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Old 06-26-2009, 10:37 AM   #7
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My brain is not wrapping around the goat cheese idea very well either! I don't see it melting into a thick consistency...I see it as simply separating and being a mess giving your soup a funny taste and texture. I much prefer Breezy's idea of, before you add the rice, or even after it is cooked, simply using a blender wand to puree part of it. You could also puree part of it in a blender or food processor. I'd much rather get my thickness that way than with the goat cheese this first time. You can always add a bit of goat cheese to an individual bowl to see how it would melt.

Brown rice has a habit of expanding and becoming the star of soup if you aren't careful so you could cook it separately and add as needed, being careful even then, as it will still suck up broth. If you do cook it in the soup just go easy. Cooking time should be on the package.
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Old 06-26-2009, 12:34 PM   #8
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I am never sure what people mean by "goat cheese", to me it is like saying "cow cheese" LOL.

There is not much I won't add my chevre to, including soups. My own chevre, or ricotta, or mozzarella, is not a strong flavored cheese at all, in fact, they are a very very mild tasting cheese. A few days ago I added about 6 ounces to a cheddar cheese sauce and it was devine. The goat cheese I added was some chevre that I had buzzed with some fresh garlic. I do add cheeses after taking the food off the heat. My cheeses do melt away and thicken the food product. Store bought cheeses may not behave this way, I have no idea!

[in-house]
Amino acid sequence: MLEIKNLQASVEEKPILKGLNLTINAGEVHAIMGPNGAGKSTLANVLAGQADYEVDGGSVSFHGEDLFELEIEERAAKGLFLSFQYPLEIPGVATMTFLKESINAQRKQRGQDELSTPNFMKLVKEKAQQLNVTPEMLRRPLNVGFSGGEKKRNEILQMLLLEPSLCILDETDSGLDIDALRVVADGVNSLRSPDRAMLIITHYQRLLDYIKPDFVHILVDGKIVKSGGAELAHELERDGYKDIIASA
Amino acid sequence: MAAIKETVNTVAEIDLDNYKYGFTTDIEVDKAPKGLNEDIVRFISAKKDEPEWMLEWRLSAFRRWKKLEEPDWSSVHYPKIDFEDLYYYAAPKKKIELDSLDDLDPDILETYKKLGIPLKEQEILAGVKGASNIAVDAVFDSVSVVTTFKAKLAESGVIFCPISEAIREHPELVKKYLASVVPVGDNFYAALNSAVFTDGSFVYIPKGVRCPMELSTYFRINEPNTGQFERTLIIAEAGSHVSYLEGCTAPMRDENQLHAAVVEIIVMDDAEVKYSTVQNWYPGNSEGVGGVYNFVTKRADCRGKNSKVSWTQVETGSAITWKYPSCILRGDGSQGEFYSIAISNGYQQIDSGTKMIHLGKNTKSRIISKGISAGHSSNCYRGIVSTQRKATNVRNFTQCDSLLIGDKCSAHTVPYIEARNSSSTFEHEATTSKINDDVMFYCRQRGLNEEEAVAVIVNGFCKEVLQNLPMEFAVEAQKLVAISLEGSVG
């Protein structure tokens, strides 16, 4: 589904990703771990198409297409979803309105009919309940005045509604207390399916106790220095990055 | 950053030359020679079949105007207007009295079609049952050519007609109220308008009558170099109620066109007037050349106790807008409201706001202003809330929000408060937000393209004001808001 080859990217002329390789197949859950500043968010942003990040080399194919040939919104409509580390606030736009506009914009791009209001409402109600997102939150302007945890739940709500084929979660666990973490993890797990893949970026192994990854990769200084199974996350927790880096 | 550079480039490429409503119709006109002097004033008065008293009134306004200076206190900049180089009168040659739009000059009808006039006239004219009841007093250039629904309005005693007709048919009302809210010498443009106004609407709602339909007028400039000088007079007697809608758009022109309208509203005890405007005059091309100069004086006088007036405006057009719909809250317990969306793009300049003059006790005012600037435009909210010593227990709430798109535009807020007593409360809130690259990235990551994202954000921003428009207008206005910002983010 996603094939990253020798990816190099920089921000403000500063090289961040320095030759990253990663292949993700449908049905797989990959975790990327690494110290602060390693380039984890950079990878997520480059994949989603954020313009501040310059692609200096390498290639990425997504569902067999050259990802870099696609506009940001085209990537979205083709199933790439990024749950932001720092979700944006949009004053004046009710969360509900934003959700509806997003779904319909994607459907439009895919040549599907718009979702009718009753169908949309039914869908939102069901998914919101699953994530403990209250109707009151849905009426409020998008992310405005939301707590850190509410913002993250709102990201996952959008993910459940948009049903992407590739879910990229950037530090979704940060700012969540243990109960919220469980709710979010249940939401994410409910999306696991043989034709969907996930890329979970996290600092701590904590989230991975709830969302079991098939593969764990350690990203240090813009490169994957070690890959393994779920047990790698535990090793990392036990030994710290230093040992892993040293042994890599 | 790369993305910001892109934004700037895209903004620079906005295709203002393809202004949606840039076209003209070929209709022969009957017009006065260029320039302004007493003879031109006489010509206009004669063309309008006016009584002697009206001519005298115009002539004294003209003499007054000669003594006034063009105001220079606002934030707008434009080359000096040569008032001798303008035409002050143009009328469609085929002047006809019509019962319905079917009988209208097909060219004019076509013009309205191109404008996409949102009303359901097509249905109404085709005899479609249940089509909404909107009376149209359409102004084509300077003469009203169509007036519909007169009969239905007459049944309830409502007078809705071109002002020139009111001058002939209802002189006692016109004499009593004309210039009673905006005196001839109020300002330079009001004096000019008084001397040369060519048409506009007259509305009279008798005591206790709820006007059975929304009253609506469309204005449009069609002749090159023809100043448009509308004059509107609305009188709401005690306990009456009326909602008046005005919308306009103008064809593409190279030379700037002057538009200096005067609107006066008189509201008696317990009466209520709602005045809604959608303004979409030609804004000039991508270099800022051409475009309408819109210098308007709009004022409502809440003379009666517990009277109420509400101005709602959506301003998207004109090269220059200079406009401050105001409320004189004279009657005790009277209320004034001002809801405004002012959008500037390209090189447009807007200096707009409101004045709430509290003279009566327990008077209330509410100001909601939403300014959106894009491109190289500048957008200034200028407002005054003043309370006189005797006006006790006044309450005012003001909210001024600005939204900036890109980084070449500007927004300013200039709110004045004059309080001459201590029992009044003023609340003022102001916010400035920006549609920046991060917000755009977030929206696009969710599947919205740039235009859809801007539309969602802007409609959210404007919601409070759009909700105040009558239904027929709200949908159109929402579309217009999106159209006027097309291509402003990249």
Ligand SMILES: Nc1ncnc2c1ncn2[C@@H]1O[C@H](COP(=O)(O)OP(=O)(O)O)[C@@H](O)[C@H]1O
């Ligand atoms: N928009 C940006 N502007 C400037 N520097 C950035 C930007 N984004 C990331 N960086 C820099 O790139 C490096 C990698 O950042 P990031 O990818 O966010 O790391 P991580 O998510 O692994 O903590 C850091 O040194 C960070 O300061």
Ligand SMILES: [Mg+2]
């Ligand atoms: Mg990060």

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Old 06-26-2009, 12:51 PM   #9
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Ah, but Bethzaring, there's a HUGE HUGE difference between adding 2 ounces of goat cheese to a soup & expecting it to not curdle, thicken the pot of soup, & not make it too "goaty"; & making a cheese sauce out of goat cheese. Sauce vs. soup - two different animals. Plus, you're obviously talking about goat cheese you make yourself, not commercial cheese. Again - there's a difference. And I don't think the OP is making his own goat cheese.

You're talking apples vs. oranges.
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Old 06-26-2009, 06:28 PM   #10
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Thanks for all the expert input Alix, Breezy & Beth -- I have to ask cooks & chefs like yourselves because I pretty much have no idea what I am doing =]. I think I will forego adding the goat cheese into the soup and just eat it on a piece of bread on the side :D.

In my area, goat cheese is just a soft cheese (usually in a plastic tube shape) made from goatsmilk. I call it goat cheese because I've only seen one basic type of goat cheese (minus all those herb and garlic mixed variations) and tons of different "cow's cheese" products (mozarella, cheddar, provolone, parmesan, etc.)

I think for the soup I'll stick with the pureeing route for thickening and add in my brown rice (just a tiny bit, like 1/4c) and see how that goes. Light cream cheese is also a good option if I decide to go the cheesy route once again. Thanks again for the help!